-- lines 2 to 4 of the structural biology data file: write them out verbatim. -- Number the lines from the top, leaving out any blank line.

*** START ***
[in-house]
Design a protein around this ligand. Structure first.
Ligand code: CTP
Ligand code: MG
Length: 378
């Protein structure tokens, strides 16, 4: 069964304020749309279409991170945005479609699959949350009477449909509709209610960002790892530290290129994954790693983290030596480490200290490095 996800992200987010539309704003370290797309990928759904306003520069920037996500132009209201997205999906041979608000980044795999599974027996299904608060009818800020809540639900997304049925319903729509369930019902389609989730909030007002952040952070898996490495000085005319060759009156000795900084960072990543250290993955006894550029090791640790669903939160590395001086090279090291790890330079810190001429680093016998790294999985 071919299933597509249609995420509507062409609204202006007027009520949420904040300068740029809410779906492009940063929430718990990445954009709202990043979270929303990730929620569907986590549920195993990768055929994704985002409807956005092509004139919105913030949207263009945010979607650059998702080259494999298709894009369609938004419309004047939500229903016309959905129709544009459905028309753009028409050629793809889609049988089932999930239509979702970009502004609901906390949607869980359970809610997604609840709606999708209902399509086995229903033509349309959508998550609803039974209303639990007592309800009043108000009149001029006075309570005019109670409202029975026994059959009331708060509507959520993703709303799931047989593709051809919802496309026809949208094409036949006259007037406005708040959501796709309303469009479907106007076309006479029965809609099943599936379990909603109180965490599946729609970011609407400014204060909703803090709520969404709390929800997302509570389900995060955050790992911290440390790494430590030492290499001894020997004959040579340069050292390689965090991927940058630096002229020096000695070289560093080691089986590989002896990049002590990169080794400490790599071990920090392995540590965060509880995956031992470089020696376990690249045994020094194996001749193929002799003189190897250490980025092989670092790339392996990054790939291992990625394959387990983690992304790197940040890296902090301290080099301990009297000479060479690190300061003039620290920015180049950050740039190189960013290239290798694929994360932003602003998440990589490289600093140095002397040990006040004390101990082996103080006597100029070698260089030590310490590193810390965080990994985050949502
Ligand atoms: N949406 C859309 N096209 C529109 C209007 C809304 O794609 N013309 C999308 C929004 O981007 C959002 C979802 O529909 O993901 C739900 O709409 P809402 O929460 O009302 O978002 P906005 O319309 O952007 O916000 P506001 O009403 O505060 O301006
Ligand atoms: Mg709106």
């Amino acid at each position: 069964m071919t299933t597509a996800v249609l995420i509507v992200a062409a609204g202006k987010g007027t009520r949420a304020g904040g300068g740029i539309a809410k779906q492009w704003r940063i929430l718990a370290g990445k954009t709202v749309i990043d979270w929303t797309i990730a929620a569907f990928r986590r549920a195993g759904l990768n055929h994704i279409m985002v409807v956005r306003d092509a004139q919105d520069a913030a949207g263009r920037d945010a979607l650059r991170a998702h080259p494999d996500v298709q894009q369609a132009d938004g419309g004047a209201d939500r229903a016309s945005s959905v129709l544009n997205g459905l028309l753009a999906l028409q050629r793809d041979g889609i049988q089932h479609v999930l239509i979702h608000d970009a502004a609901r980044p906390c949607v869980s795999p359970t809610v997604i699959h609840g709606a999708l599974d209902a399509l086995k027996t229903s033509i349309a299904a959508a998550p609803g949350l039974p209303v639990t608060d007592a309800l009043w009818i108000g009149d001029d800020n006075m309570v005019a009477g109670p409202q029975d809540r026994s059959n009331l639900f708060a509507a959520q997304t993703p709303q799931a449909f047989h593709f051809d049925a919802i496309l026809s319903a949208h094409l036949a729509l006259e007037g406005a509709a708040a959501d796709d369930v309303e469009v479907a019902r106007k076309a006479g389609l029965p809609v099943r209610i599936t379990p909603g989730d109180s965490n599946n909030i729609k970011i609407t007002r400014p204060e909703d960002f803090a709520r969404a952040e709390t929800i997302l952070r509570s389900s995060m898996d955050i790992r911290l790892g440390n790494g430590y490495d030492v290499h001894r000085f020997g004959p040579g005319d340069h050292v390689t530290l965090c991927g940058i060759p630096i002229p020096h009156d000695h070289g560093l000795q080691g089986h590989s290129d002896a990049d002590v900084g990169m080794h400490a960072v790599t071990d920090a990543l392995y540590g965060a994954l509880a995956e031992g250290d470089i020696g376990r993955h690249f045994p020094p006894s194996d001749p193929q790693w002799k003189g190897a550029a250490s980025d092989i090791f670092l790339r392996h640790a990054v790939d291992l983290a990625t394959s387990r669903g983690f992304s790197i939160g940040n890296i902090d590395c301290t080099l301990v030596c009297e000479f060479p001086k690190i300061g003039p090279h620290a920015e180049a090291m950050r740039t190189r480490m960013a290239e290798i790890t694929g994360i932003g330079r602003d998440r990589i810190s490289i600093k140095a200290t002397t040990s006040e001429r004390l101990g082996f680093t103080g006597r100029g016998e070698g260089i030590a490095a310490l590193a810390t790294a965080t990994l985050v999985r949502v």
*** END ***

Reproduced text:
Design a protein around this ligand. Structure first.
Ligand code: CTP
Ligand code: MG